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Lincoln Cathedral or the Cathedral Church of the Blessed Virgin Mary of Lincoln, and sometimes St. Mary’s Cathedral in Lincoln, England is the seat of the Anglican Bishop of Lincoln. Building commenced in 1072 and continued in several phases throughout the medieval period. It was the tallest building in the world for 238 years (1311–1549), and the first building to hold that title after the Great Pyramid of Giza. The central spire collapsed in 1549 and was not rebuilt. The cathedral is the third largest in Britain (in floor area) at around 5,000 square metres (54,000 sq ft), after St Paul’s and York Minster. It is highly regarded by architectural scholars; the eminent Victorian writer John Ruskin declared: “I have always held… that the cathedral of Lincoln is out and out the most precious piece of architecture in the British Isles and roughly speaking worth any two other cathedrals we have”.

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The first bishop of Lincoln was Remigius de Fécamp – reputed to be cousin of William the Conqueror, and it was him who asked Remigius to build the cathedral. Remigius is shown in the rose window, holding the cathedral in his hand.  We got so close, we could even touch this window, even though it is way up high!

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Also in the cathedral, we lit a candle in memory of my good friend in Taiwan, Rev. Hsu, who died this week, and whose daughter, Alice and husband, Bishop Roger from Mauritius, are mutual friends of the 3 of us, it’s the Madagascar, Mauritius, Taiwan / CMS, USPG connection.  Rev. Hsu and his wife have lived in the Shuang-Lien Elderly Centre, near St. John’s University, Taiwan for about 5 years now, and I visit them often. Their life story and testimony are quite incredible, and he will be much missed.  Quite timely that he should die just on the day I was visiting mutual friends of his family.  May he rest in peace and rise in glory.

Yes, Lincoln Cathedral is quite amazing.  And they have a really good and very professional instagram page, full of interesting things about the cathedral, which is partly why I was so keen to go.  Check it out at ‘lincolncathedral’.  And unlike Norwich which greets you at the main entrance with a statue of Wellington with a cannon, and Ely which has an actual cannon in front, instead Lincoln has a statue of the famous poet and native of Lincolnshire, Tennyson, and a quote from one of his poems…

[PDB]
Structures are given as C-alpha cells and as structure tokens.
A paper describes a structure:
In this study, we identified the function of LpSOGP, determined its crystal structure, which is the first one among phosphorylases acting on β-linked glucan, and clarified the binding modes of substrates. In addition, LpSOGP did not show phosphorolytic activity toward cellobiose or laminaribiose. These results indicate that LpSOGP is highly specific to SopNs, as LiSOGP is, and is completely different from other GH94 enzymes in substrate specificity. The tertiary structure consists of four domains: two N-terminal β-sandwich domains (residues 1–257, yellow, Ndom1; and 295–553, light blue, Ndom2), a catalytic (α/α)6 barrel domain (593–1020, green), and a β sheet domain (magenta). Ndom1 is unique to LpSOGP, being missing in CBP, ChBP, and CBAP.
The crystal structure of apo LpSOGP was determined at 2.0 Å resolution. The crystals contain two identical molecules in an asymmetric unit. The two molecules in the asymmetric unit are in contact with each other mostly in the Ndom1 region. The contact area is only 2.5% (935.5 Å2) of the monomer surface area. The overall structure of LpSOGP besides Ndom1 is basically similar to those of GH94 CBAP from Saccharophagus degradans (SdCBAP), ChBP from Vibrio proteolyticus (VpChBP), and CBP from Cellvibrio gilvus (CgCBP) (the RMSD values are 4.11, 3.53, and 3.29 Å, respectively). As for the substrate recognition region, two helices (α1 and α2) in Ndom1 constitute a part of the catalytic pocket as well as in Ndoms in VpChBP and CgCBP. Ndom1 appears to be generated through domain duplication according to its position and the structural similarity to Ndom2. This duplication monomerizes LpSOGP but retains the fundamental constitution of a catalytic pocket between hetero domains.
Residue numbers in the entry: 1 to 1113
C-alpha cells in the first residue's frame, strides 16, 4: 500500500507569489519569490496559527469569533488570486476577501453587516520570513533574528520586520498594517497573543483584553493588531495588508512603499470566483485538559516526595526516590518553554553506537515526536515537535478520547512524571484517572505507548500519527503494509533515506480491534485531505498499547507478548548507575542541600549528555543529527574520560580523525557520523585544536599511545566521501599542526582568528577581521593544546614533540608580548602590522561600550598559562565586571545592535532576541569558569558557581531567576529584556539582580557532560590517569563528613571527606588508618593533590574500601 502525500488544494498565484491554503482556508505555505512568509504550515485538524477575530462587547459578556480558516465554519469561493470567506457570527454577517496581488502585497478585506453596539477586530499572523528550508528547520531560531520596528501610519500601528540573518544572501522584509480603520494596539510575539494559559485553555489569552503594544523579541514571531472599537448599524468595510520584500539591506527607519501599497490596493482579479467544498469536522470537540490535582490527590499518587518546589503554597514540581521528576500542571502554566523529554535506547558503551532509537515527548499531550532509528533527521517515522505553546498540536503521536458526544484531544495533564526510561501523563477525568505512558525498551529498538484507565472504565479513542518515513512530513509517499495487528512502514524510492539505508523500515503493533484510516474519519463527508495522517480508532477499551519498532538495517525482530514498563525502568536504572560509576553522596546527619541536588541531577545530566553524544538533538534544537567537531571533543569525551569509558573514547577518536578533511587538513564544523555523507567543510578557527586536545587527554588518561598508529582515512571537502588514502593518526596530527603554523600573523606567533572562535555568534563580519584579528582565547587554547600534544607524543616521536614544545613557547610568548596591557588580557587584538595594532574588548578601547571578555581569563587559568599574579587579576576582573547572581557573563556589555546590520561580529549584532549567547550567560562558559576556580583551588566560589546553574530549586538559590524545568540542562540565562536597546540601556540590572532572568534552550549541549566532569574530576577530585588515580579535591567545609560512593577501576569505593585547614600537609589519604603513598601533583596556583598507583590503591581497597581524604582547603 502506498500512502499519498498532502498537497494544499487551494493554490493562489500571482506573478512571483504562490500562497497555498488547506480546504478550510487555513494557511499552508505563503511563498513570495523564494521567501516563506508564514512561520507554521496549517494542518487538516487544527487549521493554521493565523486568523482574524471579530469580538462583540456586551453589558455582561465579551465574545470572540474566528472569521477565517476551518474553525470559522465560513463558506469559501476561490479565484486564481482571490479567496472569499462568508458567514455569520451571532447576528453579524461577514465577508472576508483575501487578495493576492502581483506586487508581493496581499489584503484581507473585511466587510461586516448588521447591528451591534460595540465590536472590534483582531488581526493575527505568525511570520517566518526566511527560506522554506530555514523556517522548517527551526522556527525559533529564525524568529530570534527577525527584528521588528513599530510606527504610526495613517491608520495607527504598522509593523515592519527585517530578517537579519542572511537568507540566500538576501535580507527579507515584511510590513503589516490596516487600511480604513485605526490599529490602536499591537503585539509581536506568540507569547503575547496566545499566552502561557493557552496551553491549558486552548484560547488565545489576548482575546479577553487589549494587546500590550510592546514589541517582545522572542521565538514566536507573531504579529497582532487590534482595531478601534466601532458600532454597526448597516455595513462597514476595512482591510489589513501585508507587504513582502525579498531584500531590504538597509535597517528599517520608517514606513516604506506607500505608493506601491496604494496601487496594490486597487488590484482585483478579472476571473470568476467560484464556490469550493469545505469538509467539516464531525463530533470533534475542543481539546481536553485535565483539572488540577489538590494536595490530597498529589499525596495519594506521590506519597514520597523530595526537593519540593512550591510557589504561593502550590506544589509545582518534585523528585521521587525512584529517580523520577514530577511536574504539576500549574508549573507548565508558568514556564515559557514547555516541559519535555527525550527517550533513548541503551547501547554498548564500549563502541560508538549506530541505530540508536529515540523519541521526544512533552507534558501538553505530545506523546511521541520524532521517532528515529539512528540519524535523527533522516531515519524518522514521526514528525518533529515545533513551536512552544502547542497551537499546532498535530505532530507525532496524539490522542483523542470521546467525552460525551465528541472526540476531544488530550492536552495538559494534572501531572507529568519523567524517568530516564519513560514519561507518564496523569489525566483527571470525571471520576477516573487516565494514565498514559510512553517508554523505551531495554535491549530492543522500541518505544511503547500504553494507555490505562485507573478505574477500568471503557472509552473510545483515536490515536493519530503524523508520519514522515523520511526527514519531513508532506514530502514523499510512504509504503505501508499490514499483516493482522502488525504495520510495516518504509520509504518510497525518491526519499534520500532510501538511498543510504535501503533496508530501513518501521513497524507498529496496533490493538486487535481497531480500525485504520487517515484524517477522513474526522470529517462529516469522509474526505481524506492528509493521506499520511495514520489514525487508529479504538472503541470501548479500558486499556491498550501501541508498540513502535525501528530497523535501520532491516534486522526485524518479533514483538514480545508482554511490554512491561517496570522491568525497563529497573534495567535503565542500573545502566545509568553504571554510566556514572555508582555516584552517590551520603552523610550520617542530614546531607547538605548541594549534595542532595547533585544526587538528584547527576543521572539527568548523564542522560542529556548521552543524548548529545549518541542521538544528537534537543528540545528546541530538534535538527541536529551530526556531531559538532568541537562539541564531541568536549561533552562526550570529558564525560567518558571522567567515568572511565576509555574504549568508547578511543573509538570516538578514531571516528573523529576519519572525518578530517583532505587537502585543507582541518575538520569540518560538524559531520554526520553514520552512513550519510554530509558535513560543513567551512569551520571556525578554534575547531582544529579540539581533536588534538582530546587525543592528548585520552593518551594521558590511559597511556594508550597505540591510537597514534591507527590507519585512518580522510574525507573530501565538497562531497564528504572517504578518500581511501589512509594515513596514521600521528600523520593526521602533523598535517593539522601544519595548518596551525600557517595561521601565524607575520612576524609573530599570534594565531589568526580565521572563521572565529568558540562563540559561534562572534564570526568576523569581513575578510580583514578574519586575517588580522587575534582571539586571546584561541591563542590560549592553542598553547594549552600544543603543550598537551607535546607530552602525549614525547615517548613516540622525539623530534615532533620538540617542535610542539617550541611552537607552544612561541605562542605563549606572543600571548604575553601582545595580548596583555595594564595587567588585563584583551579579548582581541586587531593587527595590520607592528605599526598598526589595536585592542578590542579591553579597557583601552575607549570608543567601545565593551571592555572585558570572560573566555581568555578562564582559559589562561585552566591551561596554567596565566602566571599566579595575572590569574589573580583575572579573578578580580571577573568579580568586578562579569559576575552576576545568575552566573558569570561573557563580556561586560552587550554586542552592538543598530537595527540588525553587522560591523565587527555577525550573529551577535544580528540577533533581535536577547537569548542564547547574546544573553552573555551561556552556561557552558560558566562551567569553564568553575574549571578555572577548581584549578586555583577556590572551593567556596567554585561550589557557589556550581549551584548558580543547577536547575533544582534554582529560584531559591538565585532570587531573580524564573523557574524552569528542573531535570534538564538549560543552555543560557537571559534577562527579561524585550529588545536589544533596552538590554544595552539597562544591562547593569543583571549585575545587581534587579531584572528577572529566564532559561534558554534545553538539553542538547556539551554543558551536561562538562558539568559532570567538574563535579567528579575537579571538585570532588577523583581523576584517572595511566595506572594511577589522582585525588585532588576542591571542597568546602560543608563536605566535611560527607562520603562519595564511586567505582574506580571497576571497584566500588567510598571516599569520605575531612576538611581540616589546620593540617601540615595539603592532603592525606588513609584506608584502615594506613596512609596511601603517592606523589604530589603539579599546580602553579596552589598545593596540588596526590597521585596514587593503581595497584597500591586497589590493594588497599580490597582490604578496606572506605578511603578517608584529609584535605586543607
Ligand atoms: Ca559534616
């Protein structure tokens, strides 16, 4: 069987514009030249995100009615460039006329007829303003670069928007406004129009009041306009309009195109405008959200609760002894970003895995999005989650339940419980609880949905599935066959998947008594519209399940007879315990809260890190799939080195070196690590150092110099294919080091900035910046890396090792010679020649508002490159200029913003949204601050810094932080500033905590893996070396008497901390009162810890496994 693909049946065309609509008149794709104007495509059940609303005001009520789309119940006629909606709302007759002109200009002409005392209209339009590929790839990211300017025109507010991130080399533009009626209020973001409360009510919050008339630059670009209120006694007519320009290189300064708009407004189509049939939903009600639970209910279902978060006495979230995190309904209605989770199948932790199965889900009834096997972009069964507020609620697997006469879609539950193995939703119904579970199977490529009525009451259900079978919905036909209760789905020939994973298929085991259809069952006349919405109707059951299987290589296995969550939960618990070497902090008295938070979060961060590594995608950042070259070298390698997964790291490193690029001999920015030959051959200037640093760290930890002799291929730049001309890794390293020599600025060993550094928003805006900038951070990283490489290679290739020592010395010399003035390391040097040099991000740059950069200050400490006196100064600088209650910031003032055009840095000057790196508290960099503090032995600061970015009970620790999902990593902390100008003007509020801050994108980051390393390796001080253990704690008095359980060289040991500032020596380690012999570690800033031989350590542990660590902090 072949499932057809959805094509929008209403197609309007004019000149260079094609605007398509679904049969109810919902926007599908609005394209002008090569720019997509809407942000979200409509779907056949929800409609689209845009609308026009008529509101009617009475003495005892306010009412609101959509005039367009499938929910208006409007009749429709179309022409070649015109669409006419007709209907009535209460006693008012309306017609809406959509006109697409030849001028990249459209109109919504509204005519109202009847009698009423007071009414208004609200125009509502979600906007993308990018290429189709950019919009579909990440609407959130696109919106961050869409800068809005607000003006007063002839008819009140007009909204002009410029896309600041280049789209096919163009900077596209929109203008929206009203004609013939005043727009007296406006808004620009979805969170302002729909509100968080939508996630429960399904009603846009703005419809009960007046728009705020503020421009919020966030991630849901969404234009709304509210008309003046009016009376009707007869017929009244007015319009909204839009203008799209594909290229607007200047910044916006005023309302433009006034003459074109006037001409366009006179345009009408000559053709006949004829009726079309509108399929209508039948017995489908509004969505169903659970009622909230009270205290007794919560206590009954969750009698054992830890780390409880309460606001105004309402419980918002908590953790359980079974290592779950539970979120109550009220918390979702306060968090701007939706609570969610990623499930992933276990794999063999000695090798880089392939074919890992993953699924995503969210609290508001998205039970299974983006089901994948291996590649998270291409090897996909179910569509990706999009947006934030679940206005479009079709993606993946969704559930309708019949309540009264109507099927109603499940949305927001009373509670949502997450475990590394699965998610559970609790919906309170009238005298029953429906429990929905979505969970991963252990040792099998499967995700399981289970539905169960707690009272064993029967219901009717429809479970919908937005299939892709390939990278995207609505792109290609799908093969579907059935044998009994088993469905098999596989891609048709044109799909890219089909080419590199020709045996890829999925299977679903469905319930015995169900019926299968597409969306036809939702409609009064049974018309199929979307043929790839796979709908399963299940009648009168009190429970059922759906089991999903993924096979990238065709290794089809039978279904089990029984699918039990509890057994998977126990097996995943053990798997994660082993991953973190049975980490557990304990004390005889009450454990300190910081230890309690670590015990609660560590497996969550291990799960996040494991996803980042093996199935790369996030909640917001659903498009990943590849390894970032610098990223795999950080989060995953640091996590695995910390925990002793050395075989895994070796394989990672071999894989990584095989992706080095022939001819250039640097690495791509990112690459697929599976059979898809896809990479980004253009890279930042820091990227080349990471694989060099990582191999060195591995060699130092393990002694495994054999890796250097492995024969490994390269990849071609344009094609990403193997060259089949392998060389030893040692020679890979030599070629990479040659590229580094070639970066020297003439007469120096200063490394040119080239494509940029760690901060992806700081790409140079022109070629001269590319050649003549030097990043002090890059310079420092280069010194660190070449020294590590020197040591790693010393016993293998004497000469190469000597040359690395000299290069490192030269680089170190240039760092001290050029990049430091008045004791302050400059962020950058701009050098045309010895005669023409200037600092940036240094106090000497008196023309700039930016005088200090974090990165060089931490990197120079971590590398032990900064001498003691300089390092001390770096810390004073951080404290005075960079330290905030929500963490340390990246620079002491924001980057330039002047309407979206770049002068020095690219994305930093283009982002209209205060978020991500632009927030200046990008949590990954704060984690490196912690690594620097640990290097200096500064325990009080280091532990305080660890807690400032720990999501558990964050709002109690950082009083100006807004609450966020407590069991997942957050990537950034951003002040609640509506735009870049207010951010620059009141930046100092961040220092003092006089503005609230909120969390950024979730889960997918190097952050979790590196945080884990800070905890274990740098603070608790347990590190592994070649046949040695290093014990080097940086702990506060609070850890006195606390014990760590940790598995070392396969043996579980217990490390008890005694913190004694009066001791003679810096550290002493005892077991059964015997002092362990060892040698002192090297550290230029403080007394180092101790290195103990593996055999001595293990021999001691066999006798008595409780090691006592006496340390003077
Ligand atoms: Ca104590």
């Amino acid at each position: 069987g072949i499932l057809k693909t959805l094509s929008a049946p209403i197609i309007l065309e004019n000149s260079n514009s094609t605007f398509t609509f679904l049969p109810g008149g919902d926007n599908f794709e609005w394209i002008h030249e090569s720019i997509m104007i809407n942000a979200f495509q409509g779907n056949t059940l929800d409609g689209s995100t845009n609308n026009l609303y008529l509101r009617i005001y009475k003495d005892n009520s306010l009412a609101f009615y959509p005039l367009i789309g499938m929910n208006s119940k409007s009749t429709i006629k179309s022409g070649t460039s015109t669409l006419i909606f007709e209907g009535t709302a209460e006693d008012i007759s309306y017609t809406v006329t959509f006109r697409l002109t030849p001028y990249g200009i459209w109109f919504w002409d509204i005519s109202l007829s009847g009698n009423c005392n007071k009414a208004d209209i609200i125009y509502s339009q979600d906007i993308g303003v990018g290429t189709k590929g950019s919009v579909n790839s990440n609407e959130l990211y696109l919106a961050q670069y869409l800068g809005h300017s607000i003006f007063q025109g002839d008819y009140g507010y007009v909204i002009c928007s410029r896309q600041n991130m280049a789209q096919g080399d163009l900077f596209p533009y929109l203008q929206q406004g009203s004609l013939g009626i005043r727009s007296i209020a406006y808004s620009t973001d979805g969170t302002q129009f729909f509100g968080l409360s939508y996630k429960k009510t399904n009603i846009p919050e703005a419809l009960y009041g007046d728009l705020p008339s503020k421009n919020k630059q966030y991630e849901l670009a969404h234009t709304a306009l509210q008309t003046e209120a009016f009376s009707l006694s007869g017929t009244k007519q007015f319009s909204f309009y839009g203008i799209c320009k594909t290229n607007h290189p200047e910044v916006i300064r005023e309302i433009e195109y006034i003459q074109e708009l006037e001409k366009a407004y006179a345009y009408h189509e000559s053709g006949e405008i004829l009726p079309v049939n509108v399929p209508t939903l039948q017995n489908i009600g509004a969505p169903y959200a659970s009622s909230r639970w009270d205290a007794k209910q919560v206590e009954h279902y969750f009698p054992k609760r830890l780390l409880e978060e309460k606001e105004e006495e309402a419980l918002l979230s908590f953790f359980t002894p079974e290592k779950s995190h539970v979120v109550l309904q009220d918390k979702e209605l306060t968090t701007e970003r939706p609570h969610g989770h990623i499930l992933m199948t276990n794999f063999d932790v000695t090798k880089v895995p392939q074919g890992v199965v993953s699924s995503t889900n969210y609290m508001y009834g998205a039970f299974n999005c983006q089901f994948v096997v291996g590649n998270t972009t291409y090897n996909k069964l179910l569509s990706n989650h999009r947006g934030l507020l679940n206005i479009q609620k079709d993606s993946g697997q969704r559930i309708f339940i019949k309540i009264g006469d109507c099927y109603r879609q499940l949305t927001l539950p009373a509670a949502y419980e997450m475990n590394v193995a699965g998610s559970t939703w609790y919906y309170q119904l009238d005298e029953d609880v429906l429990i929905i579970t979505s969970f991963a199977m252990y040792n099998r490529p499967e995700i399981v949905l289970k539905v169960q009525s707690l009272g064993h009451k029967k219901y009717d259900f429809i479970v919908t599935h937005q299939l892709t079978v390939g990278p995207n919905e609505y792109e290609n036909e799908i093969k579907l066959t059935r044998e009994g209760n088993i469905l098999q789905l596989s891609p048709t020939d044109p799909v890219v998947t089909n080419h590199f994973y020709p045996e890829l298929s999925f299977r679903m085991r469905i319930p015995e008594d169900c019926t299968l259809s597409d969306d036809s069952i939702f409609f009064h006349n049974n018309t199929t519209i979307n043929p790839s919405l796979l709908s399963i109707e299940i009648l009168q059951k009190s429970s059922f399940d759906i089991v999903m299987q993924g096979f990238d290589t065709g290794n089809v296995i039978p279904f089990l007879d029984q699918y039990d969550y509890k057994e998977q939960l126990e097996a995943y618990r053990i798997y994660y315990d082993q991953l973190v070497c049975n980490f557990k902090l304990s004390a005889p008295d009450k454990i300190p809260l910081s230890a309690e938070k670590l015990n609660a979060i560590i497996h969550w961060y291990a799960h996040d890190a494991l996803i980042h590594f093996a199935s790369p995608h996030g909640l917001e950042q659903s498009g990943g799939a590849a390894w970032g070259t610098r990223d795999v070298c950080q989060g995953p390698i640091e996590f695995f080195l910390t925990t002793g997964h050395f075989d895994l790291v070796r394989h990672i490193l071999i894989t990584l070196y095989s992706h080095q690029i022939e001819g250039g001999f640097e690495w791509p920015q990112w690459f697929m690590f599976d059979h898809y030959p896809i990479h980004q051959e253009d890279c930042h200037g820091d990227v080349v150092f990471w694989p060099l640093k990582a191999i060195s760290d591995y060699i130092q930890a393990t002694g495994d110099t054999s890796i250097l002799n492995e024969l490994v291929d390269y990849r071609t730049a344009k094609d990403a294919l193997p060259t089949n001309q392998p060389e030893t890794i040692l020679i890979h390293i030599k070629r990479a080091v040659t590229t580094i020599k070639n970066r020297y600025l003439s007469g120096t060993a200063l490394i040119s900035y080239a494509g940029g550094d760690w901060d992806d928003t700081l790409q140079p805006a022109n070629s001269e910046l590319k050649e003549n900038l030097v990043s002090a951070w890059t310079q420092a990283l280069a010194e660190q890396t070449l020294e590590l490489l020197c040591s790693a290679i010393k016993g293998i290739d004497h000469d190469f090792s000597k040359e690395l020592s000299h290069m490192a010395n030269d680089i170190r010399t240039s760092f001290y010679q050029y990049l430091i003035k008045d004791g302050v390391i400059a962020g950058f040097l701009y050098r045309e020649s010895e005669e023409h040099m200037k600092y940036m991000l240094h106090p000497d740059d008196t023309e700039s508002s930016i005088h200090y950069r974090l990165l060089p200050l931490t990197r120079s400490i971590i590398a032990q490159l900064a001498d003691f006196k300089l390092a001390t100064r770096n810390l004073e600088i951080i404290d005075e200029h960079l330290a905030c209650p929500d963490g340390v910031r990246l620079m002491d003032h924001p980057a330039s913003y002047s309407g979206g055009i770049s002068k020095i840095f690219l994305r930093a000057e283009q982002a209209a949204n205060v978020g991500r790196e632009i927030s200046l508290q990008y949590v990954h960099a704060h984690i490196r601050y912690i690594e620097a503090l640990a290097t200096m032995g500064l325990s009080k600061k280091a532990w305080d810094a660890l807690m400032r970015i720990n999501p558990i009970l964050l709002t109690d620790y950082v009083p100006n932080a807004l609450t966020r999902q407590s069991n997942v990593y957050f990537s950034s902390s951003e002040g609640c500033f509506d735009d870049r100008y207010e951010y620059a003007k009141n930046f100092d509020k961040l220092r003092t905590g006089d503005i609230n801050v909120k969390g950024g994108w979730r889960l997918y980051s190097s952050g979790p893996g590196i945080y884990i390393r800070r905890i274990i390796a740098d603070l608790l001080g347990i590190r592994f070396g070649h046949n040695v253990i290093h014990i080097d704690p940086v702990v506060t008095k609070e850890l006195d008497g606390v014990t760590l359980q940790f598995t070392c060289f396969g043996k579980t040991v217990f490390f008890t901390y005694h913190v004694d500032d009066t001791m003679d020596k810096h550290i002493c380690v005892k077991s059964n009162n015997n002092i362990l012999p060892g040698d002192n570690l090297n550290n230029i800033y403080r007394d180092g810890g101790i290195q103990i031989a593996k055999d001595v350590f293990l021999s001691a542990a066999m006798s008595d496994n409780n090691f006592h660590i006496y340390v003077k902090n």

And yesterday was Peterborough Cathedral, but first Hall took me to visit Crowland, a town just outside Peterborough, famous for its abbey and its 14th-century three-sided bridge – Trinity Bridge. This stands at the centre of the town and used to be the confluence of three streams, but now just stands in the street, water nowhere to be seen!

Crowland Abbey is incredible. “In about 701 a monk named Guthlac came to what was then an island in the Fens to live the life of a hermit. Following in Guthlac’s footsteps, a monastic community came into being here, which was dedicated to Saint Mary the Virgin, Saint Bartholomew and Saint Guthlac in the eighth century…… The abbey was dissolved in 1539. The monastic buildings, including the chancel, transepts and crossing of the church appear to have been demolished fairly promptly but the nave and aisles had been used as the parish church and continued in that role.”  The bells are famous too, maybe the oldest in England, certainly the first to be broadcast on radio by the BBC in 1925, and they have the longest bell-ropes in the country.

And so to Peterborough. The cathedral has a huge wow factor as you come round the corner and see the west front right in front of you.  Amazing.  And with a deep blue sky behind, it’s stunning.  The west front of Lincoln Cathedral would be stunning too, but is largely covered in scaffolding ~ so Peterborough definitely has the edge!